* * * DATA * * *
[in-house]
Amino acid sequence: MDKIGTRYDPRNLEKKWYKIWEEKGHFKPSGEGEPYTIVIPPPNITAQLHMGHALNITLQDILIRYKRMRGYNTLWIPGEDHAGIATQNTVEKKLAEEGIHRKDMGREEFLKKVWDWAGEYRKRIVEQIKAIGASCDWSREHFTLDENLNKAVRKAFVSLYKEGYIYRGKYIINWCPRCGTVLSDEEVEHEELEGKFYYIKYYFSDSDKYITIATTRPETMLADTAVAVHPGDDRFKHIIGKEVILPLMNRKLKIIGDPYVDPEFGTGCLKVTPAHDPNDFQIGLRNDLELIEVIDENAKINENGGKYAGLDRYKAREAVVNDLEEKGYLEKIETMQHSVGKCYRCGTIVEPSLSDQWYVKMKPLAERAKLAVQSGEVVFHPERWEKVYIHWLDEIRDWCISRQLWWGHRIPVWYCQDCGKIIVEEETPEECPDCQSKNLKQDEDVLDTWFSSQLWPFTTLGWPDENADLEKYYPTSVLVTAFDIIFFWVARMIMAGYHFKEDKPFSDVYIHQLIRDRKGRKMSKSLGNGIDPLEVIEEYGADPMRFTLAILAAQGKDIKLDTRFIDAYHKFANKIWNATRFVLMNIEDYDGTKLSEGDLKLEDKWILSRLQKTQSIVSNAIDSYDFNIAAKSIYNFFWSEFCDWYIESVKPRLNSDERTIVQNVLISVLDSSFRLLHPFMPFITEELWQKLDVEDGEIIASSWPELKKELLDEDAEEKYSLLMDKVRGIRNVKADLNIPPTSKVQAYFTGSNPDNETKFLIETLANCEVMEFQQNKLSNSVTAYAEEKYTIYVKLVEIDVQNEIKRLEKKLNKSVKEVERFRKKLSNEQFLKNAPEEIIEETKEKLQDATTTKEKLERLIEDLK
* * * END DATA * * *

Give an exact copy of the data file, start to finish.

[in-house]
Amino acid sequence: MDKIGTRYDPRNLEKKWYKIWEEKGHFKPSGEGEPYTIVIPPPNITAQLHMGHALNITLQDILIRYKRMRGYNTLWIPGEDHAGIATQNTVEKKLAEEGIHRKDMGREEFLKKVWDWAGEYRKRIVEQIKAIGASCDWSREHFTLDENLNKAVRKAFVSLYKEGYIYRGKYIINWCPRCGTVLSDEEVEHEELEGKFYYIKYYFSDSDKYITIATTRPETMLADTAVAVHPGDDRFKHIIGKEVILPLMNRKLKIIGDPYVDPEFGTGCLKVTPAHDPNDFQIGLRNDLELIEVIDENAKINENGGKYAGLDRYKAREAVVNDLEEKGYLEKIETMQHSVGKCYRCGTIVEPSLSDQWYVKMKPLAERAKLAVQSGEVVFHPERWEKVYIHWLDEIRDWCISRQLWWGHRIPVWYCQDCGKIIVEEETPEECPDCQSKNLKQDEDVLDTWFSSQLWPFTTLGWPDENADLEKYYPTSVLVTAFDIIFFWVARMIMAGYHFKEDKPFSDVYIHQLIRDRKGRKMSKSLGNGIDPLEVIEEYGADPMRFTLAILAAQGKDIKLDTRFIDAYHKFANKIWNATRFVLMNIEDYDGTKLSEGDLKLEDKWILSRLQKTQSIVSNAIDSYDFNIAAKSIYNFFWSEFCDWYIESVKPRLNSDERTIVQNVLISVLDSSFRLLHPFMPFITEELWQKLDVEDGEIIASSWPELKKELLDEDAEEKYSLLMDKVRGIRNVKADLNIPPTSKVQAYFTGSNPDNETKFLIETLANCEVMEFQQNKLSNSVTAYAEEKYTIYVKLVEIDVQNEIKRLEKKLNKSVKEVERFRKKLSNEQFLKNAPEEIIEETKEKLQDATTTKEKLERLIEDLK